Imagine you are a child on the playground and a boy has just hit you. He says you deserve it, and you go to the teacher. What lessons are learned from the teacher supporting one side, or the other? What if they say “well I can’t possibly know the truth,” or “well you’re both mature enough to sort it out for yourselves, stop making a fuss?” Having learned those lessons, what happens if he hits you again?

Martha Graham understood that stillness was hard perhaps because it is much more difficult to preserve integrity in stillness than in action. When we are prevented from moving or speaking by any kind of artistic or social choreography it is incredibly difficult to communicate who we are, what we mean, and why we have made our choices. When we are asked to act, or speak, and do not, we are asking those around us to interpret on the evidence of our non-action. That might be deliberate, and a choice you make for all kinds of reasons – to start off, it is much easier to discus and debate and potentially conflict with the thing someone did, rather than the infinite myriad of things they didn’t do. It is easier to defend an internal movement that no-one can see than the external evidence of that thought process.

If we look at the situation with dancer’s eyes, however, we become aware of stillness as a choice that serves a purpose, and that holds meaning. We are not maidens shocked into immobility by awareness of our immanent sacrificial demise, we are not deaf to the music of the world around us that asks us to respond. Take time to be learn how to be still with integrity, breathe, ground, listen, but be aware that nothing can stop and wait while you do. Your stillness is seen. What does that mean in a world where you have been asked to move?

 

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A Holiday Guide To Dancers – Part 2

Hello friends, it’s been a tumultuous year, which can only mean that it’s time for the second installment of my holiday dancers guide! This year we’re focusing on modern and contemporary dancers, for the specialist spotter. If you haven’t seen the original guide, you can read it here. Enjoy!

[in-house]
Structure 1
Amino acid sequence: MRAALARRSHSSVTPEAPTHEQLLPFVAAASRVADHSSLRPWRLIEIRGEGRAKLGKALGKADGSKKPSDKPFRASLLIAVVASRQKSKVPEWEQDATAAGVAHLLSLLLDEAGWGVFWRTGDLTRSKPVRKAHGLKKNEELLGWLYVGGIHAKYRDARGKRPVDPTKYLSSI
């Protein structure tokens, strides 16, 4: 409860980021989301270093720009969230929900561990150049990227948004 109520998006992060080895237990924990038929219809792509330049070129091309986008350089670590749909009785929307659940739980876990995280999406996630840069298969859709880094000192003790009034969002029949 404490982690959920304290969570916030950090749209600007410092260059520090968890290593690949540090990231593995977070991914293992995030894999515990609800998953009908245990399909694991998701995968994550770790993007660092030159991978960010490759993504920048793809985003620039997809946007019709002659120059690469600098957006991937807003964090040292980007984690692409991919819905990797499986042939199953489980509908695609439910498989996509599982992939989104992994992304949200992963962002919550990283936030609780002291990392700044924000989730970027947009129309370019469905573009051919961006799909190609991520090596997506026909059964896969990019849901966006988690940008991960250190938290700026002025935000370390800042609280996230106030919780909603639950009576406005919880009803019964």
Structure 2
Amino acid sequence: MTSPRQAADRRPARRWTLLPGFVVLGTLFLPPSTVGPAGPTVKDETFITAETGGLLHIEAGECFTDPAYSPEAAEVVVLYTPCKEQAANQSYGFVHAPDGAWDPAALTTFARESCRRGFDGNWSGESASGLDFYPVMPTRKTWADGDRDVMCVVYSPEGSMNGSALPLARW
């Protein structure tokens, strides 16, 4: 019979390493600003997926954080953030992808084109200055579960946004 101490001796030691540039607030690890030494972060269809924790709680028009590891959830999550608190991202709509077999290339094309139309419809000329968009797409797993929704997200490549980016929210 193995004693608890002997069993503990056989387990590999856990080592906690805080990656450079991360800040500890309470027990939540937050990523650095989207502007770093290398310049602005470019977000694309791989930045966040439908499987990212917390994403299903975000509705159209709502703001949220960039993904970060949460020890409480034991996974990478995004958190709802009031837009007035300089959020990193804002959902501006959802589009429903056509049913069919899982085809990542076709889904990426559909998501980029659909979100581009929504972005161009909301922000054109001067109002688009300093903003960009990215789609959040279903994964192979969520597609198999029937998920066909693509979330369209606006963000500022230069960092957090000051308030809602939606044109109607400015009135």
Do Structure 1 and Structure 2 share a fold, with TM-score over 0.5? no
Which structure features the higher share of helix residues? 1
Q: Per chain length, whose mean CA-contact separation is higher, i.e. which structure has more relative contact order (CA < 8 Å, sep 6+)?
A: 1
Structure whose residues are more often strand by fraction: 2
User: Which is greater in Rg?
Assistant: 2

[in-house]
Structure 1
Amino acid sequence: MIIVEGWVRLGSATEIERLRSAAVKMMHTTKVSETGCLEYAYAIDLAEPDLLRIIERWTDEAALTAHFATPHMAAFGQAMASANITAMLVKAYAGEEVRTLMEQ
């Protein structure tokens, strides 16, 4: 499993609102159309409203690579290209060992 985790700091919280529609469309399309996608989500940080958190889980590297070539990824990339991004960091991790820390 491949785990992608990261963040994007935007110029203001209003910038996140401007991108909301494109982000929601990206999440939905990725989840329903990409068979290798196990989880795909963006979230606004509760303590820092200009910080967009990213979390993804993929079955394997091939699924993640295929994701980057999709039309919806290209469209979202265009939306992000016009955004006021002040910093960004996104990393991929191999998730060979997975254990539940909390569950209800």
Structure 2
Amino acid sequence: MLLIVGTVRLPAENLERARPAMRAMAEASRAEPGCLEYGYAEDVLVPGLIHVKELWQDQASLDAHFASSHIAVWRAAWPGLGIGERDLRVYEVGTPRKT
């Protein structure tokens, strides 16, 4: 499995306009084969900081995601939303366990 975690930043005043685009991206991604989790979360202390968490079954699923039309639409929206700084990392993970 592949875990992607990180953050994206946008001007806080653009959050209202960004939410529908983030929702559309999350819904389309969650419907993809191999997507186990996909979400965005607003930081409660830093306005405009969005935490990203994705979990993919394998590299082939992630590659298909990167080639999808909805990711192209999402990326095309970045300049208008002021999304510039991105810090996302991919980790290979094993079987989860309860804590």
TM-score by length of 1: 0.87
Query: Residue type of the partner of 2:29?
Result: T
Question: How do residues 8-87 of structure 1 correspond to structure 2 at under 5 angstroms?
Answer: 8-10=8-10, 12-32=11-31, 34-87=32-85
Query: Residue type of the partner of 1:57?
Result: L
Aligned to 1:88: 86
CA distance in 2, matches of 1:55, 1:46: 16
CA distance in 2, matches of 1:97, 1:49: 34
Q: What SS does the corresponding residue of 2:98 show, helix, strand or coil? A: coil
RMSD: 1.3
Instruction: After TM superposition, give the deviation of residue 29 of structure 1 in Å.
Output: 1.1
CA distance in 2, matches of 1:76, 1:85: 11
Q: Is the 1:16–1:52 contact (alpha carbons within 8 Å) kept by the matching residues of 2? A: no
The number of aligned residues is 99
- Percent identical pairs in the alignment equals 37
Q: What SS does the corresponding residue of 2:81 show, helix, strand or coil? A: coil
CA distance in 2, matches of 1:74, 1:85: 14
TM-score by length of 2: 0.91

Screen Shot 2016-12-11 at 10.56.42.pngDuncan Dancer

Look out for: Unexpected skipping, knocking things down with scarves

Favourite tipple: White wine

Wearing: Grecian drapery

Ideal Gift: Flowers

Political Stance: I see America weeping

Conversation Starters

Bad: Have you tried my new motorcar?

Better: How do myths relate to us now?

Best: What invigorates your soul motor?

 

 

Screen Shot 2016-12-11 at 10.57.09.png

Graham Dancer

Look out for: Standing perfectly still, wild-eyed, as the room swirls around in chaos

Favourite tipple: THE BLOOD OF MY ENEMIES

Wearing: THE BLOOD OF MY ENE … Black.

Ideal Gift: Eye makeup

Political Stance: Movement never lies, but Trump…..

Conversation Starters

Bad: Aren’t you getting a bit old for this kind of thing?

Better: How do you think Jung would interpret this party if it were a dream?

Best: Can you tell me something about yourself?

 

 

Cunningham Dancerscreen-shot-2016-12-11-at-10-57-40

Look out for: Turning the christmas tree into modern art

Favourite tipple: Guinness

Wearing: Brightly coloured leggings

Ideal Gift: A blank canvas

Political Stance: Come away with me to Black Mountain…

Conversation Starters

Bad: Can you count this music?

Better: How could we stage an Event in here?

Best: What is the alignment of democracy and chaos?

 

 

Judson Dancer

screen-shot-2016-12-11-at-10-58-23Look out for: Unexplained durational activity, accompanied by blank staring

Favourite tipple: Vodka

Wearing: Beads, feathers, and a small ornamental birdcage

Ideal Gift: You really can’t go wrong here

Political Stance: NO Manifesto

Conversation Starters

Bad: Is this art?

Better: What is art?

Best: Does art matter?

 

 

Release Dancer

Look out for: Sitting on anything except a chairScreen Shot 2016-12-11 at 10.58.41.png

Favourite tipple: Wheat beer

Wearing: Hemp and bamboo

Ideal Gift: Tennis balls

Political Stance: Semi-supine

Conversation Starters

Bad: Is there any technique to what you do?

Better: Why is ballet evil?

Best: How are your fascia doing?

 

Got another kind of dancer you want added to the guide? Comment below!